Dr. Maria Montessori said — after discussing how to introduce and develop the concept of number (with materials like beads and rods) and the concepts of addition and subtraction (again, with Montessori materials like beads and an abacus (a “counting frame”)) — that once a child gets to complex multiplication and has done some basic multiplication (yup…beads and abacus):
When there is a number to be multiplied by more than one figure, the child not only [already] knows the multiplication table, but he easily distinguishes the units from the tens, hundreds, etc., and he is familiar with their reciprocal relations. He knows all the numbers up to a million and also their positions in relation to their value. He knows from habitual practice that a unit of higher order can be exchanged for ten of a lower value.
To have the child attack this new difficulty successfully one need only tell him that each figure of the multiplier must multiply in turn each figure of the multiplicand and that the separate products are placed in columns and then added. The analytical processes hold the child’s attention for a long period of time; and for this reason they have too great a formative value not to be made use of in the highest degree. They are the processes which lead to that inner maturation which gives a deeper realization of cognitions and which results in bursts of spontaneous synthesis and abstraction.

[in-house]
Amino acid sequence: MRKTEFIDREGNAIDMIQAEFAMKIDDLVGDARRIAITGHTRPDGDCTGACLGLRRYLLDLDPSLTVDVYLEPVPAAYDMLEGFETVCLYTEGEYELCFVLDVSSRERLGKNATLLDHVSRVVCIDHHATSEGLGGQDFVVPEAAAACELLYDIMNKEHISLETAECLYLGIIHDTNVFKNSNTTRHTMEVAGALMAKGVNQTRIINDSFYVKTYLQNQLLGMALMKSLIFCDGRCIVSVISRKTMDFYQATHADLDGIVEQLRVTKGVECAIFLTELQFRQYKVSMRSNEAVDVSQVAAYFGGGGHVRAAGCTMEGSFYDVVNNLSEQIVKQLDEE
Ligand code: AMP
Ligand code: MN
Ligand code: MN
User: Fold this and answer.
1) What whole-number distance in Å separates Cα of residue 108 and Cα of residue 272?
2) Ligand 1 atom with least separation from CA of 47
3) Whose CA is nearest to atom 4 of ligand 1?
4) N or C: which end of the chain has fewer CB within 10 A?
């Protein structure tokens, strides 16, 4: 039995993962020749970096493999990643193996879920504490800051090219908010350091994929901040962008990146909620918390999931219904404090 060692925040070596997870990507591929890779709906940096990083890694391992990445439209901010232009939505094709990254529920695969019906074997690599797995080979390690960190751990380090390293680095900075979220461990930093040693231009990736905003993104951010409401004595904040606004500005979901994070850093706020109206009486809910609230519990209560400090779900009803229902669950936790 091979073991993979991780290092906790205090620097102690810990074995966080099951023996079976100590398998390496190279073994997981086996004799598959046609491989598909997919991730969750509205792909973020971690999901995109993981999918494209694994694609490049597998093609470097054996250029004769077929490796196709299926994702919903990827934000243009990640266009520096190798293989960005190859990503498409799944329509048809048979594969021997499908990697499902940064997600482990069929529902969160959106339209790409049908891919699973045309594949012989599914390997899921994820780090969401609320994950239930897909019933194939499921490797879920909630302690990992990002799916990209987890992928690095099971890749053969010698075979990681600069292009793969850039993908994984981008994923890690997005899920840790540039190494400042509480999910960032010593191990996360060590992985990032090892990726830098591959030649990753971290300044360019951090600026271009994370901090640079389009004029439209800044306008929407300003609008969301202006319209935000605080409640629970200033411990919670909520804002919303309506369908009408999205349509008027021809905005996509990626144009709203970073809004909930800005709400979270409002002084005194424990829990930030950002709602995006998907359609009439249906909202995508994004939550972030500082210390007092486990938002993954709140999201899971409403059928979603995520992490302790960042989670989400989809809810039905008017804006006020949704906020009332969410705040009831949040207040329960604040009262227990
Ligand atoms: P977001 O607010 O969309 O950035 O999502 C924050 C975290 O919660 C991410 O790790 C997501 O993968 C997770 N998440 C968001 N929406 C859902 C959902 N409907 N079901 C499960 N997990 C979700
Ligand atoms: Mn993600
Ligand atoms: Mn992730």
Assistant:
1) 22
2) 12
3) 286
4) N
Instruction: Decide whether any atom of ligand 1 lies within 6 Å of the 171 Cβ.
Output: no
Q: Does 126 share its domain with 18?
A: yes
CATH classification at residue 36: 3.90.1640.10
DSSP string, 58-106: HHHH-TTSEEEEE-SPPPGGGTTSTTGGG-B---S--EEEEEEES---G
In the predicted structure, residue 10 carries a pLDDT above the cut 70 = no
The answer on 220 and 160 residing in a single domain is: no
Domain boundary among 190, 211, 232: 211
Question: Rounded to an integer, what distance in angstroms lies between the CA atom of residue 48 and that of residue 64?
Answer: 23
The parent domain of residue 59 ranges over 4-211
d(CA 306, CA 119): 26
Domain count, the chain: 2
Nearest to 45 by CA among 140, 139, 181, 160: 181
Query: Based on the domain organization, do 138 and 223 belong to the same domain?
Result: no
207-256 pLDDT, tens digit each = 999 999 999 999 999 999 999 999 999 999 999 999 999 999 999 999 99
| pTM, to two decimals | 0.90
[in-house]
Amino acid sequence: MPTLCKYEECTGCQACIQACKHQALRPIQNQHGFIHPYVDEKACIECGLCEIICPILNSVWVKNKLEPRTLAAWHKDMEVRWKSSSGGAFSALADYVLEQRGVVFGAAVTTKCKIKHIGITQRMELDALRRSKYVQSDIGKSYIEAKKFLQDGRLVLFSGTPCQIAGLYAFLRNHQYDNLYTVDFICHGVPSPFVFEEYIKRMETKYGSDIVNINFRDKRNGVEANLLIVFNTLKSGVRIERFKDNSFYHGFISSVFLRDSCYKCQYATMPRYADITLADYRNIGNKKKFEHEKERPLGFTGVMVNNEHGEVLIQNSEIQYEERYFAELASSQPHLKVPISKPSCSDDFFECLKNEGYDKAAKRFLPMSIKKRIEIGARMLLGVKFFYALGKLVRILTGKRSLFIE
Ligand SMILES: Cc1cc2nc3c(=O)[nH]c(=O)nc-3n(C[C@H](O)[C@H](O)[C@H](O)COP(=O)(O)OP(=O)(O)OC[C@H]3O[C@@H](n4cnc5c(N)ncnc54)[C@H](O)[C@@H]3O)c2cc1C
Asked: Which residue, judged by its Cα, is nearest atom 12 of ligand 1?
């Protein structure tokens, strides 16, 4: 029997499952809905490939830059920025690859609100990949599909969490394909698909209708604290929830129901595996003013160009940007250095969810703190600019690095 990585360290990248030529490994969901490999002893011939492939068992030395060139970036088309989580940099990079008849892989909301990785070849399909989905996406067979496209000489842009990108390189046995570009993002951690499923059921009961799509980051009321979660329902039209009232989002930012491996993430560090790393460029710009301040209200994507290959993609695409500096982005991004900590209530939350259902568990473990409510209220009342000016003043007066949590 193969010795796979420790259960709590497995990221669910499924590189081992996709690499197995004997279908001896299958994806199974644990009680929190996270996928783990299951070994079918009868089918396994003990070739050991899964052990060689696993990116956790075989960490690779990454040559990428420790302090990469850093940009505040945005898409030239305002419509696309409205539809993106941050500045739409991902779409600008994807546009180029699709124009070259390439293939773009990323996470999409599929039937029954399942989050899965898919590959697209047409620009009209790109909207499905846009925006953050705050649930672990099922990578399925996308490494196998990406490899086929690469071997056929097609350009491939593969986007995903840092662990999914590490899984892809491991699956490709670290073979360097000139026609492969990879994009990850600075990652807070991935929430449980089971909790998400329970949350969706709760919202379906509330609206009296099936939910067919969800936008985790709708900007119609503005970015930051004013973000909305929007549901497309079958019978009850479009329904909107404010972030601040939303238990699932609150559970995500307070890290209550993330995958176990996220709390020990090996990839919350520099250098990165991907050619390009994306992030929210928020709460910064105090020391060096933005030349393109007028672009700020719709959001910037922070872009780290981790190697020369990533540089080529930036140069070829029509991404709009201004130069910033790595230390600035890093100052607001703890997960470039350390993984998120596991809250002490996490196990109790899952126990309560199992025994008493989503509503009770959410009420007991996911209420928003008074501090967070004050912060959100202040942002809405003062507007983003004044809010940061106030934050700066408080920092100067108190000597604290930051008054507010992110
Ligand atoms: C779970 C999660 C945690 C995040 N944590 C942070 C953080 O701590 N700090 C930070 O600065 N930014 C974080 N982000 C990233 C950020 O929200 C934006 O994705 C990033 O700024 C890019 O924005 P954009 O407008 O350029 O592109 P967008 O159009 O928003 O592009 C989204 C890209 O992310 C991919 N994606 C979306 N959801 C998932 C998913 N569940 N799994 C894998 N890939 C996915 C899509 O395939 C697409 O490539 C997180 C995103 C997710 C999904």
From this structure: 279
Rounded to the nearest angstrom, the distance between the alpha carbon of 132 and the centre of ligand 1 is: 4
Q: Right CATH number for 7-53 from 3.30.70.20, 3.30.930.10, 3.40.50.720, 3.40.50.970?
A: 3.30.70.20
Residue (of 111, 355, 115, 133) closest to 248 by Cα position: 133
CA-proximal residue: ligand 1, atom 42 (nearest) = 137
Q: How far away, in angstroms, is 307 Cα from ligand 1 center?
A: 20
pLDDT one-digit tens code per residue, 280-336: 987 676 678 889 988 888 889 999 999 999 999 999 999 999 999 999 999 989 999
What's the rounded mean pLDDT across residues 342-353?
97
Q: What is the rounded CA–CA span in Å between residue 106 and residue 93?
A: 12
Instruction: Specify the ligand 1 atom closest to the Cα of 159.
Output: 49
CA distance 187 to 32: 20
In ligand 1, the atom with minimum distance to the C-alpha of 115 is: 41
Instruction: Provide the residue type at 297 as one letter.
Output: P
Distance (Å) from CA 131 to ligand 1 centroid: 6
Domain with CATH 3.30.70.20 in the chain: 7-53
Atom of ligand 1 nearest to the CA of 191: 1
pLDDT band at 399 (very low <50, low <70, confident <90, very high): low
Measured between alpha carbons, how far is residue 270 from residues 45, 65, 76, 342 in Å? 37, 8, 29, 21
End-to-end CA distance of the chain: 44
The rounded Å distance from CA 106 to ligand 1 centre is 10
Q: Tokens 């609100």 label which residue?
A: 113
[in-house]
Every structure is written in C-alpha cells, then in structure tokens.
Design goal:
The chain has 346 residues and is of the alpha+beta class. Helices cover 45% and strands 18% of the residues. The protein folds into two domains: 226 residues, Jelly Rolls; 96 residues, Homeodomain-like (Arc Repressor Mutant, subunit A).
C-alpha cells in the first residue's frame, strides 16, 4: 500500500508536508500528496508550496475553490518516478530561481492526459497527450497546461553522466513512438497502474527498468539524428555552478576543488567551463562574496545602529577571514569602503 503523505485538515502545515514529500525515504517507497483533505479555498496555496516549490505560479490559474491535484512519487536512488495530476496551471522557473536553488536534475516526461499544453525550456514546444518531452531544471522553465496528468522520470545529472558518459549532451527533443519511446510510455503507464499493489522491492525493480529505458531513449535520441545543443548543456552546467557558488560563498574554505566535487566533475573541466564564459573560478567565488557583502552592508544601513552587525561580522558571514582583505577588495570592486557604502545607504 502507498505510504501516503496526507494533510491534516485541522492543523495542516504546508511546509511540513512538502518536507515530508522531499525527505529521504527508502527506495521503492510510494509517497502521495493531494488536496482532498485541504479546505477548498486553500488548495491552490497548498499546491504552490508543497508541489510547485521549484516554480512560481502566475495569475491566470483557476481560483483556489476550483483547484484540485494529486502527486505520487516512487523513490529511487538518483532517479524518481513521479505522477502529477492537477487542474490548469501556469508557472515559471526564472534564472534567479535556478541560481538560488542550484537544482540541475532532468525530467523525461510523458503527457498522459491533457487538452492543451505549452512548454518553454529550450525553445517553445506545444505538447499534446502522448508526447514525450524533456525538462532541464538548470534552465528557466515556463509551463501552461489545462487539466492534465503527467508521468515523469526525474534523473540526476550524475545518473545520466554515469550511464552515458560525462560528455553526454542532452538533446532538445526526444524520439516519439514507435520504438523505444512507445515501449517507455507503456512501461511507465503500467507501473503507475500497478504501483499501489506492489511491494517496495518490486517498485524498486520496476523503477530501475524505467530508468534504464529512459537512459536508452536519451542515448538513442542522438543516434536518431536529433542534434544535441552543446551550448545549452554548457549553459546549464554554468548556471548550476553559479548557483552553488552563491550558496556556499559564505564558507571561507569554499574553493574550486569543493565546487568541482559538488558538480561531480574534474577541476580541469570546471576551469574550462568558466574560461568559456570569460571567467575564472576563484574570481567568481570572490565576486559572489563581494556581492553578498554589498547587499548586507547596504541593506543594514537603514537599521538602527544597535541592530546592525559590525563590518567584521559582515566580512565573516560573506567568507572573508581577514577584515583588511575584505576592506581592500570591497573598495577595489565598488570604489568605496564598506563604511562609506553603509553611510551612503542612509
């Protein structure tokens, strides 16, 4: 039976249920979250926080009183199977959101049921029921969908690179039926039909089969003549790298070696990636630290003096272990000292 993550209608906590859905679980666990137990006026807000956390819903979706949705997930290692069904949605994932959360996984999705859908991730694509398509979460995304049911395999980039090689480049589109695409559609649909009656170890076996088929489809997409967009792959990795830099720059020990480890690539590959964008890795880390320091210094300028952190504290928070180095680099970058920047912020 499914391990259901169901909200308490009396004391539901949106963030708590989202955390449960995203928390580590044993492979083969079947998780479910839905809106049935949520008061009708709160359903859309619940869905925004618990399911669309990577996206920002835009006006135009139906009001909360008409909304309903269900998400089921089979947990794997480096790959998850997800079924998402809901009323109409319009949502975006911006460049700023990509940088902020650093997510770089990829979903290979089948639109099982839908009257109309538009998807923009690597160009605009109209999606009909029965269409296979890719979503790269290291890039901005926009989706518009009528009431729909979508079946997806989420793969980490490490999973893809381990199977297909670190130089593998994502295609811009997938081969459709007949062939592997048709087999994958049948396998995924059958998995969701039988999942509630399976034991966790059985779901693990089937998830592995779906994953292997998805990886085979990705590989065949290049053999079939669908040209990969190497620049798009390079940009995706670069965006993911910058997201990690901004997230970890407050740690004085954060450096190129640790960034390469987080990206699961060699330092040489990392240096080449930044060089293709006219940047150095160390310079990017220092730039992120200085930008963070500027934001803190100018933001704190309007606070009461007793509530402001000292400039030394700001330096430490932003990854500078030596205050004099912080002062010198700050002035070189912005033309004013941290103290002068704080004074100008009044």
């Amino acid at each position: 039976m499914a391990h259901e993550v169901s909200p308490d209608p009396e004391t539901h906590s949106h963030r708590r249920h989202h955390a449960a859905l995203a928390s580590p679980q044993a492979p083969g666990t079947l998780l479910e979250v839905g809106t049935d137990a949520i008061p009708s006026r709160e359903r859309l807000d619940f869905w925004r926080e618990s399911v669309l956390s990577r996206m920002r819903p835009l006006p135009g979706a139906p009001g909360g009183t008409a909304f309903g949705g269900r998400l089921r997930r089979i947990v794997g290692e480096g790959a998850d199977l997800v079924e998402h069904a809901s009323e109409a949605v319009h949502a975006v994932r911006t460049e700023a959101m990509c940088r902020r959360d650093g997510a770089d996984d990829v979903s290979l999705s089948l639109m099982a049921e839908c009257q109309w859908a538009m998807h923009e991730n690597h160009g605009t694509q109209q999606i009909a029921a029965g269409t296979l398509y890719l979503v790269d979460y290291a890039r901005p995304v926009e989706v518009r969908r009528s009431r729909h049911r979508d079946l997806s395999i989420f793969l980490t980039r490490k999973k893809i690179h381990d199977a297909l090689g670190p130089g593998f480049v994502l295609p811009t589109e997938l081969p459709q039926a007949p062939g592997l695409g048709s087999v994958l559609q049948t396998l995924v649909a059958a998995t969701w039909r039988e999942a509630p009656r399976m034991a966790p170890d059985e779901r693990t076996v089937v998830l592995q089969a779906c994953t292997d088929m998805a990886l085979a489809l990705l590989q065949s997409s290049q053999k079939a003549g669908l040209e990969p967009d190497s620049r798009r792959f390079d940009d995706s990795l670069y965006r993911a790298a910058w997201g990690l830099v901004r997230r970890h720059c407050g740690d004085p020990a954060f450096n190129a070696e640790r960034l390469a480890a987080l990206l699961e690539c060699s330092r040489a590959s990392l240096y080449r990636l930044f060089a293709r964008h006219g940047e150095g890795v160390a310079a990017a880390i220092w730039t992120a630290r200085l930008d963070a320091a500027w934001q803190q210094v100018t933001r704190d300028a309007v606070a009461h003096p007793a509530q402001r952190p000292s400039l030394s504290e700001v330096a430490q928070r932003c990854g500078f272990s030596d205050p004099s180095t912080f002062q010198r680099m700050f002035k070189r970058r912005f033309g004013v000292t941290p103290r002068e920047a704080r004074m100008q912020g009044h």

(p. 228 of The Advanced Montessori Method, Volume II by Maria Montessori (Clio Press, Oxford England, ISBN 1-85109-233-1, (c) 1965 Montessori-Pierson Estates))
Math develops a person’s ability to think conceptually and abstractly, and develops a person’s ability to think through complex problems. And helps develop the child’s power and patience to engage in sustained mental effort.